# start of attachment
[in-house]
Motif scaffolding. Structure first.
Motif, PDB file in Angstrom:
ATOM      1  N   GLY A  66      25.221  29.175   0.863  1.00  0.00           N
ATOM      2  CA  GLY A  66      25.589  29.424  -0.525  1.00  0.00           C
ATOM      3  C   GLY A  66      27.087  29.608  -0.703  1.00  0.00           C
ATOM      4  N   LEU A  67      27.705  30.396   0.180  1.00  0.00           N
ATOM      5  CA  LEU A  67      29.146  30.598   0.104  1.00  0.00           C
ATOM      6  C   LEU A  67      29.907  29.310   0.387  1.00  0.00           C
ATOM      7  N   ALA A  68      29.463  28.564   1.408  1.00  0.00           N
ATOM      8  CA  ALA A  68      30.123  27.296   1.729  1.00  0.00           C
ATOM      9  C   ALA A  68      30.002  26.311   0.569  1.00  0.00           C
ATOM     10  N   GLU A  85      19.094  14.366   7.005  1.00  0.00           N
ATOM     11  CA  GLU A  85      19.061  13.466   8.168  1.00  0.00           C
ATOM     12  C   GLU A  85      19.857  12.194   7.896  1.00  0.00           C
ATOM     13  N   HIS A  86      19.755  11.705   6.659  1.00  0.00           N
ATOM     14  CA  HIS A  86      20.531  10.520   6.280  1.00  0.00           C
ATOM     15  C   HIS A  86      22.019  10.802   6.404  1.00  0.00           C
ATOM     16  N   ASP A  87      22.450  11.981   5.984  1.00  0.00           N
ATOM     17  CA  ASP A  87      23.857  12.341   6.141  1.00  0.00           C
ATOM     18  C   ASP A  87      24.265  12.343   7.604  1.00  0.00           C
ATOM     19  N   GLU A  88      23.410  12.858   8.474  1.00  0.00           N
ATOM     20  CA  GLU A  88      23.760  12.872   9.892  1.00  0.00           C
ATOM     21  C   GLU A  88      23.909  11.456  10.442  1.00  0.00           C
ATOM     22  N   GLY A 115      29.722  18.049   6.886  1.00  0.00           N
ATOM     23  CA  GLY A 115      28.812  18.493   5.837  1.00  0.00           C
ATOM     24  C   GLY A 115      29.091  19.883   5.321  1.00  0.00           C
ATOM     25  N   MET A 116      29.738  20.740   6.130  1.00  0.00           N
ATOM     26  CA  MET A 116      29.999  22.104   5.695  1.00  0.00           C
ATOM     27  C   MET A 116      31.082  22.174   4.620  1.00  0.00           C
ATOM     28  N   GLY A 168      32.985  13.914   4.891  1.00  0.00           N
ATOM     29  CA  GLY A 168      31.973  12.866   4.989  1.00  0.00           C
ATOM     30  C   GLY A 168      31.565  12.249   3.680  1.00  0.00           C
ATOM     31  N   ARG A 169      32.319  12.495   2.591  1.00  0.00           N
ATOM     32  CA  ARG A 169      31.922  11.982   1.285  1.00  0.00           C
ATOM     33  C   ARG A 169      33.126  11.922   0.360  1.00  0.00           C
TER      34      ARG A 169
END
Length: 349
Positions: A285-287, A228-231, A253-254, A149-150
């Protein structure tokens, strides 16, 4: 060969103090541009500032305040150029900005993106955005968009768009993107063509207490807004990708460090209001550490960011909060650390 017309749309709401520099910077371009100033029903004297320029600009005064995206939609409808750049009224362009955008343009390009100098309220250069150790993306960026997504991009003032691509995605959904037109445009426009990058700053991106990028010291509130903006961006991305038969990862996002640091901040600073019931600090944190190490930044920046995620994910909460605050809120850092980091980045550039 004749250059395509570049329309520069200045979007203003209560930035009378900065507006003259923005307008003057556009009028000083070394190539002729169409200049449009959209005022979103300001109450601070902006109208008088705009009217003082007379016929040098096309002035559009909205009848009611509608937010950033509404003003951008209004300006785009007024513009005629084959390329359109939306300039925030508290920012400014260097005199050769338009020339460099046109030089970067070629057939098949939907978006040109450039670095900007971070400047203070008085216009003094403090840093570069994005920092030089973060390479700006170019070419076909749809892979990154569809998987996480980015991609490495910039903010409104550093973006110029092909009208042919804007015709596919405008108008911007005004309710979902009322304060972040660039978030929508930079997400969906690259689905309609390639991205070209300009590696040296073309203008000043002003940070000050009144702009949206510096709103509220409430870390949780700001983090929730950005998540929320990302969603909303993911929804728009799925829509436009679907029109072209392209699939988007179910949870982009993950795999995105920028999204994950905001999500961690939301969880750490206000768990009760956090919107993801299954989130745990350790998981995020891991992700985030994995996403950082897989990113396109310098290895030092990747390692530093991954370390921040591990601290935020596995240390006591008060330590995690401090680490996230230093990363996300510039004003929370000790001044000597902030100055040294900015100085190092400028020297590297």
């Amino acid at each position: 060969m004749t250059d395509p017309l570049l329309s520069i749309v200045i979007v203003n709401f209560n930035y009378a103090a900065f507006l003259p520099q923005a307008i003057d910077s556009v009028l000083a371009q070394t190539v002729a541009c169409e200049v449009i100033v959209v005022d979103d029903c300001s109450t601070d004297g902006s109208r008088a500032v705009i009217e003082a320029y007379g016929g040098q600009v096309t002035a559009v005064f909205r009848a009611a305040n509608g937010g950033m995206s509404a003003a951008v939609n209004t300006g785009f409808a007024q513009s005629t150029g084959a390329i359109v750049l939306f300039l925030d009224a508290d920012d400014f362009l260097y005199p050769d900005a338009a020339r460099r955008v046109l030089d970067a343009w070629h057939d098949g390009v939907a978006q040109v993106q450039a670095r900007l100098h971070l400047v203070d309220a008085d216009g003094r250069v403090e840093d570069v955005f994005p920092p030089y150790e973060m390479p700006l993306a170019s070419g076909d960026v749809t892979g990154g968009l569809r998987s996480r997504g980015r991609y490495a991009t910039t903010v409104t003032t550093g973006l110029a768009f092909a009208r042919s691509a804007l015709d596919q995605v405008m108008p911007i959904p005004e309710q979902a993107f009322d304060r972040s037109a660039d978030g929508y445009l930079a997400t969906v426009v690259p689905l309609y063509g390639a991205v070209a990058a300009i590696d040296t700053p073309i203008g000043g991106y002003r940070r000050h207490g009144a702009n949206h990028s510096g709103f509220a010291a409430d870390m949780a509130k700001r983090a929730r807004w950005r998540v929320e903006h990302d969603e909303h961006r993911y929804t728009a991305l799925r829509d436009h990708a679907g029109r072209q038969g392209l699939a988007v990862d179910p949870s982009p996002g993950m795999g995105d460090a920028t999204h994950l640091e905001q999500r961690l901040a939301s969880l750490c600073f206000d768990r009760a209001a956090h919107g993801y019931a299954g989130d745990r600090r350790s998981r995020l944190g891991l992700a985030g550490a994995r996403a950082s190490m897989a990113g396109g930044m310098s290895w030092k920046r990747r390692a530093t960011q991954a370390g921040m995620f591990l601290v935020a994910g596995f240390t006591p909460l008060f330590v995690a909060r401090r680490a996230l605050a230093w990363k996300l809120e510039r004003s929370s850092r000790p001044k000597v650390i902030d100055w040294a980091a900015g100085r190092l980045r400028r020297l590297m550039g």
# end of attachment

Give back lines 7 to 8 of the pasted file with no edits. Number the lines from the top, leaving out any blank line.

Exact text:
ATOM      4  N   LEU A  67      27.705  30.396   0.180  1.00  0.00           N
ATOM      5  CA  LEU A  67      29.146  30.598   0.104  1.00  0.00           C